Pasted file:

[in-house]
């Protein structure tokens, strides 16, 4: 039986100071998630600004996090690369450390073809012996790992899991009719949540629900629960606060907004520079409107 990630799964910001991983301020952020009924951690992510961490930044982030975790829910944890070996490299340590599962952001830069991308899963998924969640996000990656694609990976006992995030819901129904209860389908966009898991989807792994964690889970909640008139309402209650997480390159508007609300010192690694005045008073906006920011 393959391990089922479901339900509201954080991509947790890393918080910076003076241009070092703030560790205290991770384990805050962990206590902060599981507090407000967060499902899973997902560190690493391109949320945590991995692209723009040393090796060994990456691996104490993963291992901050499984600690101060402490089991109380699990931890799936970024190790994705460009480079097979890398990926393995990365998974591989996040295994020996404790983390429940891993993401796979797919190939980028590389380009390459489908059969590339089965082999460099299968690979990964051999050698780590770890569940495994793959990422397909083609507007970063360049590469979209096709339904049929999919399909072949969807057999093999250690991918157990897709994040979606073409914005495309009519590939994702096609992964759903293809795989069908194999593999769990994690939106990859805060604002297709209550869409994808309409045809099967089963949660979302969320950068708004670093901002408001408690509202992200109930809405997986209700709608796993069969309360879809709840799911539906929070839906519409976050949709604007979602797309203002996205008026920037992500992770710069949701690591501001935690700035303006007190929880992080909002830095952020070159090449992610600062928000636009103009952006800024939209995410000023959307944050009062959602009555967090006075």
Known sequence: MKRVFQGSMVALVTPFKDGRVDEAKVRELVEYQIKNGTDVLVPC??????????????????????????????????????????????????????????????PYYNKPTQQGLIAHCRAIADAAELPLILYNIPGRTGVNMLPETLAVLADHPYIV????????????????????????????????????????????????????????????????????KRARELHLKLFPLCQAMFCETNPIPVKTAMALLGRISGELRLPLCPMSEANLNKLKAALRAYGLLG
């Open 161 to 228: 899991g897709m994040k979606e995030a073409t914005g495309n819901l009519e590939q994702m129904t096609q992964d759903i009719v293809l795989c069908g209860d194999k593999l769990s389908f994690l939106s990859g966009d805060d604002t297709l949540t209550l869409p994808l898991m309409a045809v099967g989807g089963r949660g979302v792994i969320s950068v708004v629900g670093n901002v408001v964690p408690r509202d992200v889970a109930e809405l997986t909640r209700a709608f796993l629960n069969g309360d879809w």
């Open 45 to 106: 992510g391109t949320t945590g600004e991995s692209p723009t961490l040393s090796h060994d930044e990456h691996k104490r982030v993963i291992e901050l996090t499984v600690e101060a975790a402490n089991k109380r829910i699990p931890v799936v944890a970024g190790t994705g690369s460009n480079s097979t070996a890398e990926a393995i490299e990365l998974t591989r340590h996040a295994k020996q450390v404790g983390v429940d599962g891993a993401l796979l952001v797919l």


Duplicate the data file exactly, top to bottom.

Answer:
[in-house]
């Protein structure tokens, strides 16, 4: 039986100071998630600004996090690369450390073809012996790992899991009719949540629900629960606060907004520079409107 990630799964910001991983301020952020009924951690992510961490930044982030975790829910944890070996490299340590599962952001830069991308899963998924969640996000990656694609990976006992995030819901129904209860389908966009898991989807792994964690889970909640008139309402209650997480390159508007609300010192690694005045008073906006920011 393959391990089922479901339900509201954080991509947790890393918080910076003076241009070092703030560790205290991770384990805050962990206590902060599981507090407000967060499902899973997902560190690493391109949320945590991995692209723009040393090796060994990456691996104490993963291992901050499984600690101060402490089991109380699990931890799936970024190790994705460009480079097979890398990926393995990365998974591989996040295994020996404790983390429940891993993401796979797919190939980028590389380009390459489908059969590339089965082999460099299968690979990964051999050698780590770890569940495994793959990422397909083609507007970063360049590469979209096709339904049929999919399909072949969807057999093999250690991918157990897709994040979606073409914005495309009519590939994702096609992964759903293809795989069908194999593999769990994690939106990859805060604002297709209550869409994808309409045809099967089963949660979302969320950068708004670093901002408001408690509202992200109930809405997986209700709608796993069969309360879809709840799911539906929070839906519409976050949709604007979602797309203002996205008026920037992500992770710069949701690591501001935690700035303006007190929880992080909002830095952020070159090449992610600062928000636009103009952006800024939209995410000023959307944050009062959602009555967090006075």
Known sequence: MKRVFQGSMVALVTPFKDGRVDEAKVRELVEYQIKNGTDVLVPC??????????????????????????????????????????????????????????????PYYNKPTQQGLIAHCRAIADAAELPLILYNIPGRTGVNMLPETLAVLADHPYIV????????????????????????????????????????????????????????????????????KRARELHLKLFPLCQAMFCETNPIPVKTAMALLGRISGELRLPLCPMSEANLNKLKAALRAYGLLG
């Open 161 to 228: 899991g897709m994040k979606e995030a073409t914005g495309n819901l009519e590939q994702m129904t096609q992964d759903i009719v293809l795989c069908g209860d194999k593999l769990s389908f994690l939106s990859g966009d805060d604002t297709l949540t209550l869409p994808l898991m309409a045809v099967g989807g089963r949660g979302v792994i969320s950068v708004v629900g670093n901002v408001v964690p408690r509202d992200v889970a109930e809405l997986t909640r209700a709608f796993l629960n069969g309360d879809w």
């Open 45 to 106: 992510g391109t949320t945590g600004e991995s692209p723009t961490l040393s090796h060994d930044e990456h691996k104490r982030v993963i291992e901050l996090t499984v600690e101060a975790a402490n089991k109380r829910i699990p931890v799936v944890a970024g190790t994705g690369s460009n480079s097979t070996a890398e990926a393995i490299e990365l998974t591989r340590h996040a295994k020996q450390v404790g983390v429940d599962g891993a993401l796979l952001v797919l």